From that Christmas morning almost ten years ago to this day of her Bridging and Girl Scout graduation, this kid has loved everything about being a Girl Scout.
As we've journeyed down this Girl Scout path together, I've celebrated her milestones--
--felt pride in her accomplishments--
--watched her become ever more confident and comfortable with herself--
--and continued, always, to celebrate every milestone--
--through this latest, which saw her Bridge, in the eyes of Girl Scouts, from a girl to an adult:
We had a fun family gathering in the backyard for our Girl Scout troop's Bridging and Graduation celebration. The kids created their own Scouts' Own Bridging ceremony, and all the adults (and the dog) had to do was watch and applaud:
Each kid stepped up on the makeshift bridge and spoke some words about her time at her current level. Some kids talked about their accomplishments, some about their favorite badges, some about their favorite memories. Then each kid stepped down on the other side and greeted her sister Scouts with the Girl Scout Handshake. Afterwards, the troop recited the Girl Scout Promise and ended with the Friendship Circle, and as sweetly and simply as that, Will's final Bridging concluded.
And then we had a party!
Kid-led often means being led in strange directions, and that's how somehow or other, we ended up having a Make Your Own Fishbowl Punch bar at our celebration. The troop budget could not afford the glow-in-the-dark ice cubes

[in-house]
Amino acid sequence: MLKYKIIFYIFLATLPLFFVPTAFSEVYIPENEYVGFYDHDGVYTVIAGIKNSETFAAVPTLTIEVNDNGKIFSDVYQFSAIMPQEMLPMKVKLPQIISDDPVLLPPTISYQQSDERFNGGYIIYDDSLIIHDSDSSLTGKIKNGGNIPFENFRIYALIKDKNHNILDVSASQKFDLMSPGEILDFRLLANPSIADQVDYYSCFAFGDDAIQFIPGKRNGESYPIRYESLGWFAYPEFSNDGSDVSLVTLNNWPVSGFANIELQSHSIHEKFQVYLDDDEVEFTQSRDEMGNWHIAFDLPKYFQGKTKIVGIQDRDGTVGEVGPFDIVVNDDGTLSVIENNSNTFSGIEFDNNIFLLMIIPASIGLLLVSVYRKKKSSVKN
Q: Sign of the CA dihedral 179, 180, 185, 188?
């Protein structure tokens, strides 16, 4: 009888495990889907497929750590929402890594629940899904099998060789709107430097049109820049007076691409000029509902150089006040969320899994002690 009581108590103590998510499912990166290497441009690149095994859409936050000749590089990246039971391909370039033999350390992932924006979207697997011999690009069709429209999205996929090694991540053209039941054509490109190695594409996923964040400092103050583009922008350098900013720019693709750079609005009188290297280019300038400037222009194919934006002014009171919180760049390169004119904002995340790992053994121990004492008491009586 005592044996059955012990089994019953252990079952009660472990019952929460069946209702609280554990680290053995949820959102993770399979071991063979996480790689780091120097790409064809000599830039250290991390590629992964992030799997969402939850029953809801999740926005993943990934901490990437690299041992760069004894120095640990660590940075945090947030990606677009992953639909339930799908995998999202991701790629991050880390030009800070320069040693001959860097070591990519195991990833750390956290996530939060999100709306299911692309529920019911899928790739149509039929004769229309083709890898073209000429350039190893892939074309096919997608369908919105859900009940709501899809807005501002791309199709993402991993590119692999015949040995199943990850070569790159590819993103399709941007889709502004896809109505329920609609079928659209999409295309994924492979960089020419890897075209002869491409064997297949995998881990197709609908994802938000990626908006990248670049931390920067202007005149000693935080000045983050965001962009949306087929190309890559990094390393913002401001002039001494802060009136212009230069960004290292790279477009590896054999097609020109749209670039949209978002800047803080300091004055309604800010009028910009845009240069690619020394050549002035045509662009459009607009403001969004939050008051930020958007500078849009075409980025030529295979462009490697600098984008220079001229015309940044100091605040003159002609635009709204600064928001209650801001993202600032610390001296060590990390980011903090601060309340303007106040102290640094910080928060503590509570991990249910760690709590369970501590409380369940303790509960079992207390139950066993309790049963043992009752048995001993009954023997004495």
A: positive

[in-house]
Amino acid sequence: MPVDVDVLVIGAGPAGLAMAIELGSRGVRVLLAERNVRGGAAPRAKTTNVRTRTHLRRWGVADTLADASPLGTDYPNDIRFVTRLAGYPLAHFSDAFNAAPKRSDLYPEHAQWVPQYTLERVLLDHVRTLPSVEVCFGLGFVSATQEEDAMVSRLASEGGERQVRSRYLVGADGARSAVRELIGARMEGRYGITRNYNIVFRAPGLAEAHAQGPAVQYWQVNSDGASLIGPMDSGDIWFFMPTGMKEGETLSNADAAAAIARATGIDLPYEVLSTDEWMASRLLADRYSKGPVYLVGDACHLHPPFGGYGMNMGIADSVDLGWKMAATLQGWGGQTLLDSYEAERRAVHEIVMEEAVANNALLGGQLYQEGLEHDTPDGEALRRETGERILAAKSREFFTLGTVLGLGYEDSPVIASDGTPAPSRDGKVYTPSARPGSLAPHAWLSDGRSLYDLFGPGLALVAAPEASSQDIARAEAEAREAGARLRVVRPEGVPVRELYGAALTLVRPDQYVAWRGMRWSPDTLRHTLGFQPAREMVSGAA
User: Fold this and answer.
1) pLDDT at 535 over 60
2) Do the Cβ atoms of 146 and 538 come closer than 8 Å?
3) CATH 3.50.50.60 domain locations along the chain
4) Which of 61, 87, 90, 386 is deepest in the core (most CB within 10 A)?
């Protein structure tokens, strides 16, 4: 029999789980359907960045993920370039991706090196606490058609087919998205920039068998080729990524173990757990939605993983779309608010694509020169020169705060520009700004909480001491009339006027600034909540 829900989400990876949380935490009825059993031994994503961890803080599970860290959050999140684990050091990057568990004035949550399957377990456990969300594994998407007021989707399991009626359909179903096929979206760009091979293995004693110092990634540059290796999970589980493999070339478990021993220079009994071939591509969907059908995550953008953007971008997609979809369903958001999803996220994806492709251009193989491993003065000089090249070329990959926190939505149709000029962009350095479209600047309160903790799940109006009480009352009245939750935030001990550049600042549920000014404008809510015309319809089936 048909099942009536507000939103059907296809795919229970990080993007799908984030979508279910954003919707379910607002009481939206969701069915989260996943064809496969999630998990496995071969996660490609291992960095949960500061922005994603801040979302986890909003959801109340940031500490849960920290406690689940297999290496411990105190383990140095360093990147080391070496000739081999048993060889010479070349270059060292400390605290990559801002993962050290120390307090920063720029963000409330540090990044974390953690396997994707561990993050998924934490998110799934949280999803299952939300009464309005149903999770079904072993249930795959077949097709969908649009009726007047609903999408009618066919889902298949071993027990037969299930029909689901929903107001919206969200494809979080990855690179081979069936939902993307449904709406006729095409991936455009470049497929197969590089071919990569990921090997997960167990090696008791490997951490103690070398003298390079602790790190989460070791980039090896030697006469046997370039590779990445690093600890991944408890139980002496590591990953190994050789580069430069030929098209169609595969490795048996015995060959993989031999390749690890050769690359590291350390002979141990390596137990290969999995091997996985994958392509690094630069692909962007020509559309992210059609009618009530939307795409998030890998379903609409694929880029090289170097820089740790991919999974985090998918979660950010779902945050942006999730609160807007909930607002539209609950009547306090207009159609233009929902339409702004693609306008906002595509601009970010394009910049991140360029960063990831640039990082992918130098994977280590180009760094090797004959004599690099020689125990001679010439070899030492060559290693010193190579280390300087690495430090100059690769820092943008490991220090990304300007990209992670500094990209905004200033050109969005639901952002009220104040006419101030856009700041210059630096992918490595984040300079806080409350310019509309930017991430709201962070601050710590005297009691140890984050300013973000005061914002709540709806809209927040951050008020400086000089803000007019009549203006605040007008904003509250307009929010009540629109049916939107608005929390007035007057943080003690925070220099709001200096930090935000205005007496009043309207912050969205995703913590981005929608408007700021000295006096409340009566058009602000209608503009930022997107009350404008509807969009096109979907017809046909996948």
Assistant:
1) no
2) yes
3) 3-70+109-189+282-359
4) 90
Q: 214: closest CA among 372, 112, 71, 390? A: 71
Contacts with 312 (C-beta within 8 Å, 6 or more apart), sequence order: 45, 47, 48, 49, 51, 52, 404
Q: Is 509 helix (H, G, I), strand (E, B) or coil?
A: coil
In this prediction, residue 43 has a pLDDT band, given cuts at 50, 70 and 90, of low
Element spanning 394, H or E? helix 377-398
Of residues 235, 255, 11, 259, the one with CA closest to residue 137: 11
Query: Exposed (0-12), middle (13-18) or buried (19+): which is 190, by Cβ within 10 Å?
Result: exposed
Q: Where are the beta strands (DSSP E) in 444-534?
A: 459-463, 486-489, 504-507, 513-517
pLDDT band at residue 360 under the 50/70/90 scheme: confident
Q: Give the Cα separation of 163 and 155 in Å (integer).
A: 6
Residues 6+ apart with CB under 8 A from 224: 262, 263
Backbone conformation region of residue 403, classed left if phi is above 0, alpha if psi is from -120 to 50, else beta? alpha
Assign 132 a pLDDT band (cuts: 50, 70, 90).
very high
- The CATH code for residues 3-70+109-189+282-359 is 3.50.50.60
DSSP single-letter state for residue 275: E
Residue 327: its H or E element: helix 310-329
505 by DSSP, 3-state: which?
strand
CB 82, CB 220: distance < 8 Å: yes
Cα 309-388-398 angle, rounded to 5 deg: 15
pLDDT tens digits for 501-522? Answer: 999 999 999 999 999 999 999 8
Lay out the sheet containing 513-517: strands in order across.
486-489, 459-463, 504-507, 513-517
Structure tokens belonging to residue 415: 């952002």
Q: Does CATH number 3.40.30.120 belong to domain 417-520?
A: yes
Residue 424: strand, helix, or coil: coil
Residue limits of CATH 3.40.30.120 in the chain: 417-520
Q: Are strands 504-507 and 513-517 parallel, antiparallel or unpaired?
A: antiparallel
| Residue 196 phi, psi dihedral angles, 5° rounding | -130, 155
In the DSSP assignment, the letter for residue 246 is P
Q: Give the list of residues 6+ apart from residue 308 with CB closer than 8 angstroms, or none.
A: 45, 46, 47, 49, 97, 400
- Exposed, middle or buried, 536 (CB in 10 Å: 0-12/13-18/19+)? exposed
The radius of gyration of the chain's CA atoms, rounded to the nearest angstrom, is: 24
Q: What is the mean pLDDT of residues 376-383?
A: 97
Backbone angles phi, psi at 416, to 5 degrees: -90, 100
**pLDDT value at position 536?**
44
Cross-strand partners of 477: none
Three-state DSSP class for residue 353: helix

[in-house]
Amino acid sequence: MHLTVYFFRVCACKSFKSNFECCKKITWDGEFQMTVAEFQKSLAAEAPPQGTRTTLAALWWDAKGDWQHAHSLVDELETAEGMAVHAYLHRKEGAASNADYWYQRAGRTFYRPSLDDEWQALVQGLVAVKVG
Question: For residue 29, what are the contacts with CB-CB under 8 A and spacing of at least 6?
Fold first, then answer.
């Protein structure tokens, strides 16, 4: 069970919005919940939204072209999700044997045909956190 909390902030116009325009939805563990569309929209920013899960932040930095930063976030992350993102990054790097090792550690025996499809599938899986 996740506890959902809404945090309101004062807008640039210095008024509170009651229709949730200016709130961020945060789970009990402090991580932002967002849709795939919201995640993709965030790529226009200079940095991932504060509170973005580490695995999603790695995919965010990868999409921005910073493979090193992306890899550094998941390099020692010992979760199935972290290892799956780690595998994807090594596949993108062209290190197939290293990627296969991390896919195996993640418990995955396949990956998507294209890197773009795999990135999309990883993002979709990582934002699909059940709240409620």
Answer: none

that the kids wanted because they are REALLY expensive, but everything else was just as planned--a selection of Nerds and/or berries for gravel, plenty of ice, a combination of Sprite or ginger ale plus blue Minute Maid or Hawaiian Punch, and Swedish fish and gummy worms on top. Add a paper straw, and you have perfection!
Before sunset, I taught the kids how to make a basic rolled beeswax candle
. It's a bit of a jump start on our upcoming retired Folk Arts IPP meeting, but the kids needed to have candles in hand for our final evening activity, and what better candle than a candle that you've made yourself?
I also made each of the kids a special drawstring bag to hold their candle, on account of we're going to infuse these candles with meaning and only light them on the fanciest of occasions:
Is there anything that decade-old stash felt cannot do?!?
The labels are fabric sheets that are printable on an inkjet printer
, also part of my stash for who knows how long. I LOATHE my inkjet printer, but I have to admit that the specialty papers available for it are the best. The ribbon is a silk ribbon that I bought once upon a time, but couldn't use for the project I'd had in mind for it because of those unfinished edges. I don't even know when I dyed it, but I'm sure it was some leftover dye bath or other that I popped it into, and I love the color.
There should be a word for the particular thrill of making a lovely present entirely from stuff one already owns. It's free AND it declutters your house!